Bullet shaped tube ends at the dropout

Head tube / down tube gusset

Reinforcing web at seatstay junction

Im pretty excited. Itís by no means pretty but it is in good nick. Iíve got some good parts to build it with but I think it needs a good bath; maybe go full Monty on it with a Powdercoat paint and repro decals from VelocalsÖ more to come Iím sure!
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Old 07-16-21, 06:44 PM
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Serial number is 359W11. From the fatcogs website is this:



So this means my Wicked is frame 359, Wicked, 1991 manufacture, 21Ē. I thought it was older than that. But okay, still Somerville made, not Serotta made. Even better!
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Old 07-16-21, 10:59 PM
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^^^^^ Whatever you do with the finish on that Fat Chance, you gotta either keep or replace that snake flag decal.
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Old 07-31-21, 05:18 PM
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New shoes for the RockHopper

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Old 07-31-21, 07:44 PM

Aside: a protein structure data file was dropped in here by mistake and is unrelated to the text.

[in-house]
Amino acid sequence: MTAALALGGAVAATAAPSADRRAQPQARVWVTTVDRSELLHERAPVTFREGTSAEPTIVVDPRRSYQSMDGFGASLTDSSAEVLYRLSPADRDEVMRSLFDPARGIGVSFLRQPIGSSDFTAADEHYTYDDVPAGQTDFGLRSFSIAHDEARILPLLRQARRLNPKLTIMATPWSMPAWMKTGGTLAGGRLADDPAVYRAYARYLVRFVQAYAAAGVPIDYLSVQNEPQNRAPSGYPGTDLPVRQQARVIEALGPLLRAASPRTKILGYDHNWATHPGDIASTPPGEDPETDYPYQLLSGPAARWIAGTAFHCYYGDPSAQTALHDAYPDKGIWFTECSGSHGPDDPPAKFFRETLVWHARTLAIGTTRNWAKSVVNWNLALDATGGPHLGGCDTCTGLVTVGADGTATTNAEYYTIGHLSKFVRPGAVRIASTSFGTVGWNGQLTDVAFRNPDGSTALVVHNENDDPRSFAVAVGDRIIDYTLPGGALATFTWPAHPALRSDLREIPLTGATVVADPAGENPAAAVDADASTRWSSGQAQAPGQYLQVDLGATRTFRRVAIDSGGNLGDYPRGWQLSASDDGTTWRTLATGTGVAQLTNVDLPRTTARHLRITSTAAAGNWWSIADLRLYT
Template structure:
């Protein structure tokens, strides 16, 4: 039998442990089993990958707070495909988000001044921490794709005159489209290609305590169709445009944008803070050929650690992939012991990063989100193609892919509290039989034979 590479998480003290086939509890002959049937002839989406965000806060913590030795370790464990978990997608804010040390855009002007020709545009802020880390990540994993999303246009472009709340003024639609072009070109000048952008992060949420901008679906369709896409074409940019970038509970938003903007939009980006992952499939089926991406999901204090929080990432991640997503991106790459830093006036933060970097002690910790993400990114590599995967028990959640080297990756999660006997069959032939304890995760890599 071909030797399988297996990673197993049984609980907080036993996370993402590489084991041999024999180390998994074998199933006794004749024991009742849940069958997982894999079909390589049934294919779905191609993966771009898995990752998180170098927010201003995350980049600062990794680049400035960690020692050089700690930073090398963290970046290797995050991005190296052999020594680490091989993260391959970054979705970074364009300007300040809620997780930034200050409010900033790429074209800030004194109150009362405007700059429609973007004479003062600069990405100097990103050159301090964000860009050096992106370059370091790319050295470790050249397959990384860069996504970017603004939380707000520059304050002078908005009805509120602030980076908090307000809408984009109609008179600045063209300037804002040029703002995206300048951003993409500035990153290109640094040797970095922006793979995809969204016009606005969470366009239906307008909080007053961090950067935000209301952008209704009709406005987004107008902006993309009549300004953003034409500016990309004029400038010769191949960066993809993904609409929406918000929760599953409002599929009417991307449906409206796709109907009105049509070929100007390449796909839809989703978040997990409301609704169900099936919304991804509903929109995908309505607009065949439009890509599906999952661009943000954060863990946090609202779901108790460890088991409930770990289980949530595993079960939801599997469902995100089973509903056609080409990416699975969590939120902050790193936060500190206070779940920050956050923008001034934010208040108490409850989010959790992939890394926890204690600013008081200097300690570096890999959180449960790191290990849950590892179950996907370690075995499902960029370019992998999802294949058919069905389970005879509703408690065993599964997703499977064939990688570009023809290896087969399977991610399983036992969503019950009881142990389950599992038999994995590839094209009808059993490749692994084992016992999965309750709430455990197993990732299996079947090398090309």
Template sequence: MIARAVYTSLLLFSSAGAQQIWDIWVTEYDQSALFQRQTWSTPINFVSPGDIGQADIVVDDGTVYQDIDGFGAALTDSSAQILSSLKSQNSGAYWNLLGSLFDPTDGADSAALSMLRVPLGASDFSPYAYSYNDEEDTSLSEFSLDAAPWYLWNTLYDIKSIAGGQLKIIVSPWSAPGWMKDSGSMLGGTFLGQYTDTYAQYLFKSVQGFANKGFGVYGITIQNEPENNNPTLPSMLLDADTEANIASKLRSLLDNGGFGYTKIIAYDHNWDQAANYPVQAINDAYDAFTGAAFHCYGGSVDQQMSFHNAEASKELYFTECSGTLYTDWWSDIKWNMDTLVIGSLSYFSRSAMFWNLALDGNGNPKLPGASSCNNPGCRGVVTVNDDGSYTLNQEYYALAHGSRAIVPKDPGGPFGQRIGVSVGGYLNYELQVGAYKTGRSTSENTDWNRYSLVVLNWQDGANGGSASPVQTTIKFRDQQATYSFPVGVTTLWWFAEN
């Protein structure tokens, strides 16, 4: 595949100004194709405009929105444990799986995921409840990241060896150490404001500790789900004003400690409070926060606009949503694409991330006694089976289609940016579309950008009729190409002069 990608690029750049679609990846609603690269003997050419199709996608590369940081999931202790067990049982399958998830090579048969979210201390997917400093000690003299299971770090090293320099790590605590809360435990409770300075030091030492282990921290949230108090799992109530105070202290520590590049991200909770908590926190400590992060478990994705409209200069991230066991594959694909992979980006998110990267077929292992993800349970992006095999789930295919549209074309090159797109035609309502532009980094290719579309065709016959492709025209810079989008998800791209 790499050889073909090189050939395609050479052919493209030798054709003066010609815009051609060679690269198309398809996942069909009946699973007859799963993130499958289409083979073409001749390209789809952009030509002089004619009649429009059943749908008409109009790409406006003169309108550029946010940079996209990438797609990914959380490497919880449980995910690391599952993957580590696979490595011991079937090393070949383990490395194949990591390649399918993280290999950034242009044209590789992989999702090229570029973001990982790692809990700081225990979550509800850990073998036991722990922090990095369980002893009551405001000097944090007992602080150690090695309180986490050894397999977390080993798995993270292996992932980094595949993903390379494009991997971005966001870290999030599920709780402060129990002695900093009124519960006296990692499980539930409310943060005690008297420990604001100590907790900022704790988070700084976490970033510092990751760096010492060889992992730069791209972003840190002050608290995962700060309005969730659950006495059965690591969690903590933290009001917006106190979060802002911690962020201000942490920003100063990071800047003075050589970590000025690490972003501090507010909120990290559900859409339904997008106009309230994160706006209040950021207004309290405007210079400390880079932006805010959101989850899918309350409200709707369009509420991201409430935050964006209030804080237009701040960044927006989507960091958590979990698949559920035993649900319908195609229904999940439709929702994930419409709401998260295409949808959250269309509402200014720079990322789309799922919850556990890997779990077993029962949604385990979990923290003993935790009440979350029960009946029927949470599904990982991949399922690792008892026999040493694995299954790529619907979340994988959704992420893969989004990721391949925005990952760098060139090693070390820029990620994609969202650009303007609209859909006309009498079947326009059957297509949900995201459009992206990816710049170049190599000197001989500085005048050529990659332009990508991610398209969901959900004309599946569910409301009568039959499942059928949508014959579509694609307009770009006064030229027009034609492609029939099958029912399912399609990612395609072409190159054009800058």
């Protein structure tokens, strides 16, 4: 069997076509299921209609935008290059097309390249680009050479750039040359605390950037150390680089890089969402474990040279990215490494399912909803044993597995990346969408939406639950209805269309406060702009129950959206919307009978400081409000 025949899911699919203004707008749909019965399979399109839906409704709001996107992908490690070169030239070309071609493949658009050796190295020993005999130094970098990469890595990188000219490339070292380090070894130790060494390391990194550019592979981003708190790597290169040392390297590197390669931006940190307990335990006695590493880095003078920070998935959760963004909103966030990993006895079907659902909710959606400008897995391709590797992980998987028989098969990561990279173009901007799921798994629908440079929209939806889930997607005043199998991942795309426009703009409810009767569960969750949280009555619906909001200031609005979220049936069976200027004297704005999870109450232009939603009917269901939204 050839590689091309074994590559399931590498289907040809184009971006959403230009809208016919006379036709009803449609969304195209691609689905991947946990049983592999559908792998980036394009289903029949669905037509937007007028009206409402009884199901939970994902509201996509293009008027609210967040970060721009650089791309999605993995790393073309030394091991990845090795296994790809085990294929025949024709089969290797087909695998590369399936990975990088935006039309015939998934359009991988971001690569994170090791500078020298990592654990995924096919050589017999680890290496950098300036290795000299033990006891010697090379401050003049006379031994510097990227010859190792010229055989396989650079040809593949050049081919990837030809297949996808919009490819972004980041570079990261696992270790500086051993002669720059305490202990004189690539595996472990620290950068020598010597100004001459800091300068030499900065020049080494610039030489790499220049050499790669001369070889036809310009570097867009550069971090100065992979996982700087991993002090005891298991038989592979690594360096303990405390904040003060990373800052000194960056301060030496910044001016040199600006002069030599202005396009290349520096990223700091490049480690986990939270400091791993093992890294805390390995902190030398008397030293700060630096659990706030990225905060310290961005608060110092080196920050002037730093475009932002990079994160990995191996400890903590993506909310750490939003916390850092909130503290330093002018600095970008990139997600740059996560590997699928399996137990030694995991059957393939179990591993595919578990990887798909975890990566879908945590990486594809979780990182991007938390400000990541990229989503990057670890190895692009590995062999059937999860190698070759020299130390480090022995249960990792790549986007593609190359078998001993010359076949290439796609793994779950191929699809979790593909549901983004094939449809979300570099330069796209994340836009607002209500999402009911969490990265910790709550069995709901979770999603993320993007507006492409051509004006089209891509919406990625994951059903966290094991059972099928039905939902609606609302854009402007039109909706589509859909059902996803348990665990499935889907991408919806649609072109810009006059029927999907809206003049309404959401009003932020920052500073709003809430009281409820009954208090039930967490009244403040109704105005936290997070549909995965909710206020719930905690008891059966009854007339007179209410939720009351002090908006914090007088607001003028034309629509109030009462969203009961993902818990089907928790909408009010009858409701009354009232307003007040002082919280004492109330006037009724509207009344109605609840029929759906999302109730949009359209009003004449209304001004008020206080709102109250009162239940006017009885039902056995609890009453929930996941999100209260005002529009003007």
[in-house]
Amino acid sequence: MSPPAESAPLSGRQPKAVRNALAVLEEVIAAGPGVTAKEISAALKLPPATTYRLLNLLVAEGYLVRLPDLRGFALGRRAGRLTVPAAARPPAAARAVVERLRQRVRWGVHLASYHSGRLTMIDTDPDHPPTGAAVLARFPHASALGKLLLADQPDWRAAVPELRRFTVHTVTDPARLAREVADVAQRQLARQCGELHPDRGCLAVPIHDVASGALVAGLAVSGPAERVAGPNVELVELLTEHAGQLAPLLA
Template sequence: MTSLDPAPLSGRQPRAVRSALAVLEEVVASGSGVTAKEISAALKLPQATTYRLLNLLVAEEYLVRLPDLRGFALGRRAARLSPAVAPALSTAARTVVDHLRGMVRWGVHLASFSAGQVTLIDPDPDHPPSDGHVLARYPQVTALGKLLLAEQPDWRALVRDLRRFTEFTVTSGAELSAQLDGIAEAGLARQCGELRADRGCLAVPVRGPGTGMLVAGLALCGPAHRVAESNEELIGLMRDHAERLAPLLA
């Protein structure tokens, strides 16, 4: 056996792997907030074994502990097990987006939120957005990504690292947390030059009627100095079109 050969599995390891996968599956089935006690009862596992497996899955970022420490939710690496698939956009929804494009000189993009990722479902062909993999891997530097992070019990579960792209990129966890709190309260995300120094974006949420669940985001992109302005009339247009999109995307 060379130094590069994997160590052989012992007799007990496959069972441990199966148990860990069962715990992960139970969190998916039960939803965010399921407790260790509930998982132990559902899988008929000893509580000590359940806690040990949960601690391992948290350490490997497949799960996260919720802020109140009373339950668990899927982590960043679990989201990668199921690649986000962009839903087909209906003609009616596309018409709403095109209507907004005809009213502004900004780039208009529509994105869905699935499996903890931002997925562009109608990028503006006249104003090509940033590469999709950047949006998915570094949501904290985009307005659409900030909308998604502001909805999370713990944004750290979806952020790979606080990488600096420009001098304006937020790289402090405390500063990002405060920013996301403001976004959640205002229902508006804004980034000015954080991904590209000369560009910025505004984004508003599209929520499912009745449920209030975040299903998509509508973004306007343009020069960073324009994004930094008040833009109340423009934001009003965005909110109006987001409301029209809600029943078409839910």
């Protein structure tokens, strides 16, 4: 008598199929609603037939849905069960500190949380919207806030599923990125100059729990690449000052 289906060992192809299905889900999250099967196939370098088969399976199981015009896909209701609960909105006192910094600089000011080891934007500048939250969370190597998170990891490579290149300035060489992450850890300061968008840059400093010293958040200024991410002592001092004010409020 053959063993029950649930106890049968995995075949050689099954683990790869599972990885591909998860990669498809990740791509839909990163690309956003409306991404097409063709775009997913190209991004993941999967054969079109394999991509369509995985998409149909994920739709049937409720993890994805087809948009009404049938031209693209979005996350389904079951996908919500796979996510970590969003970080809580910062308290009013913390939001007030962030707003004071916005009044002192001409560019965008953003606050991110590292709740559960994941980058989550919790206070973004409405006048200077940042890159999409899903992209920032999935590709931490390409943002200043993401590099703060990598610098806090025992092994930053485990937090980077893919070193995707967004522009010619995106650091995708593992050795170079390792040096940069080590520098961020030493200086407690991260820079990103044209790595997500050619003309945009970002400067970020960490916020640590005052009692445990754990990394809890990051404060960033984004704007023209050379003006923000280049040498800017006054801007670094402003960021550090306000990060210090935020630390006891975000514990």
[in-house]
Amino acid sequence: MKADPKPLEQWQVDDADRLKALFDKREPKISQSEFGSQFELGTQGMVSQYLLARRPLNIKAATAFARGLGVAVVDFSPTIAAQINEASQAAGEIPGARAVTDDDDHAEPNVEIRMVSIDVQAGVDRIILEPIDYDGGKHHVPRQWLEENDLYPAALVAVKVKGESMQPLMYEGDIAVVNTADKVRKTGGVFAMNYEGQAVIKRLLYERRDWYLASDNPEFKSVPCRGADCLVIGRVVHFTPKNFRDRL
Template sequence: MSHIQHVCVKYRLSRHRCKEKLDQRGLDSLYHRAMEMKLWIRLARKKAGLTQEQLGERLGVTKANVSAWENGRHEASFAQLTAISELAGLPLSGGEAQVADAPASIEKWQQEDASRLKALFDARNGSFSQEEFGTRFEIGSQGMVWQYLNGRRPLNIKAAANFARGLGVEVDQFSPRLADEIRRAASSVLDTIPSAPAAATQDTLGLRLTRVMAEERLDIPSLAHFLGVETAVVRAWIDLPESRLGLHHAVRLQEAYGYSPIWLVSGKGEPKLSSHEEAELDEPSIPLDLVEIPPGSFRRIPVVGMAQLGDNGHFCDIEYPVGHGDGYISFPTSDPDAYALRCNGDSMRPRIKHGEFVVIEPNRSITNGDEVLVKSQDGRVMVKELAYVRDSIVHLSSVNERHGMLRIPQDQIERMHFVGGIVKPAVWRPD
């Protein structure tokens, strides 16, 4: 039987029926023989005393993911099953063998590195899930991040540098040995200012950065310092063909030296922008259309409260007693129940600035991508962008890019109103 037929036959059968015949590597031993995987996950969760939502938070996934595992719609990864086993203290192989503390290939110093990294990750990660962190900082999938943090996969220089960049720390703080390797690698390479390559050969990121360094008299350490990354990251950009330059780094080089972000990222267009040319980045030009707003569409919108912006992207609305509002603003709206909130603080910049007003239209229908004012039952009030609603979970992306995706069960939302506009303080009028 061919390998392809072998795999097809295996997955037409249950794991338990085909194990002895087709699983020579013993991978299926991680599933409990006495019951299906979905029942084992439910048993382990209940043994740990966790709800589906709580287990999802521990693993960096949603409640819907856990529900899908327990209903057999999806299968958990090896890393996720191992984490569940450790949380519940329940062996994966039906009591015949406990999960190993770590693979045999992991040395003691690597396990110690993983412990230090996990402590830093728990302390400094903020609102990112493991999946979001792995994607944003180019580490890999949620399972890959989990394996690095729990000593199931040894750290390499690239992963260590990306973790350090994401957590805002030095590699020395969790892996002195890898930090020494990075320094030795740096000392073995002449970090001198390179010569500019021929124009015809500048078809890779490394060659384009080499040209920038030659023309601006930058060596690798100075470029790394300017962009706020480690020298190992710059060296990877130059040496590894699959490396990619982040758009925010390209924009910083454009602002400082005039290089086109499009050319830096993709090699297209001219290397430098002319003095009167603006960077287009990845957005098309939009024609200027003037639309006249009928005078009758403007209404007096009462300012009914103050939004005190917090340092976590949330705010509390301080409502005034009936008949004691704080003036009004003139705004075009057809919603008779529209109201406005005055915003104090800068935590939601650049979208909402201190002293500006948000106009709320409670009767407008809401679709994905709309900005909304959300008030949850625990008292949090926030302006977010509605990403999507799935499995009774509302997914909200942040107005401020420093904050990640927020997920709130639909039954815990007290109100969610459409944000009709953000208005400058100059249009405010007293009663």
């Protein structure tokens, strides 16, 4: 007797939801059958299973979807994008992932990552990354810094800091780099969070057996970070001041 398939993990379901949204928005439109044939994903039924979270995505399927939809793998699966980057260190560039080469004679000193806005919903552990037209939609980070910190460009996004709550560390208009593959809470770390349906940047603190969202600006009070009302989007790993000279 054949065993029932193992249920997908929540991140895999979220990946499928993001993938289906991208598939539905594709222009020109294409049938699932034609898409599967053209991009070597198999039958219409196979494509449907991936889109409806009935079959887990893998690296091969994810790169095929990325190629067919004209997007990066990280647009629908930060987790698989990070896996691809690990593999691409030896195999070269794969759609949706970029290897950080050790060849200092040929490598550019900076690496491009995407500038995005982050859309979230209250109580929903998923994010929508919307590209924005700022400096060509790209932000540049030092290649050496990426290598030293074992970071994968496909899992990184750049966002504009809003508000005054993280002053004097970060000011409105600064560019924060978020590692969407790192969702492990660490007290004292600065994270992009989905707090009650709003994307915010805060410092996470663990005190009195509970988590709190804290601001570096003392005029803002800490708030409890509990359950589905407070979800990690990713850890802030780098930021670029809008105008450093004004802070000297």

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Originally Posted by Sir_Name
New shoes for the RockHopper

Nice, those tires come with lime wedges and salt?
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Old 07-31-21, 07:49 PM
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Originally Posted by curbtender
Nice, those tires come with lime wedges and salt?
They did!
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Old 08-01-21, 10:56 AM
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Vintage 1983/84 Ross Mt. Rainer

I just picked up this vintage Ross Mt. Rainier in all original condition. The Shimano derailleur is a RD-AL11 which was released in June 1984, however the serial number on the bike is R3J1159, which makes me think it has a 1983 frame. Also the classic Ross advertisements from 1983 show the Mt. Rainier in the red color. Strange to me that the Mt. Rainier was a mid level bike, but had bolt on wheels.






Either way it's a great vintage bike and will be fun to take it old school out on the trail. I can't wait to give it a total refurbishment.
Attached Files
File Type: pdf
1983 Ross Ad.pdf (474.3 KB, 8 views)
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Old 08-01-21, 12:50 PM
  #7875  
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That's really nice.

A lot of early MTBs had bolt on wheels. It's strange to see that version of lawyer lips on the front..

It's interesting that they transitioned to Shimano derailleurs that early. I always assumed the low-end Shimano with hanger on my (probably) Force One was non-original, but maybe it was. I ended up replacing it and the garbage FD with NOS Suntour AG Tech.

I think mine also has Ishiwata 024 tubing, and I like it quite a bit.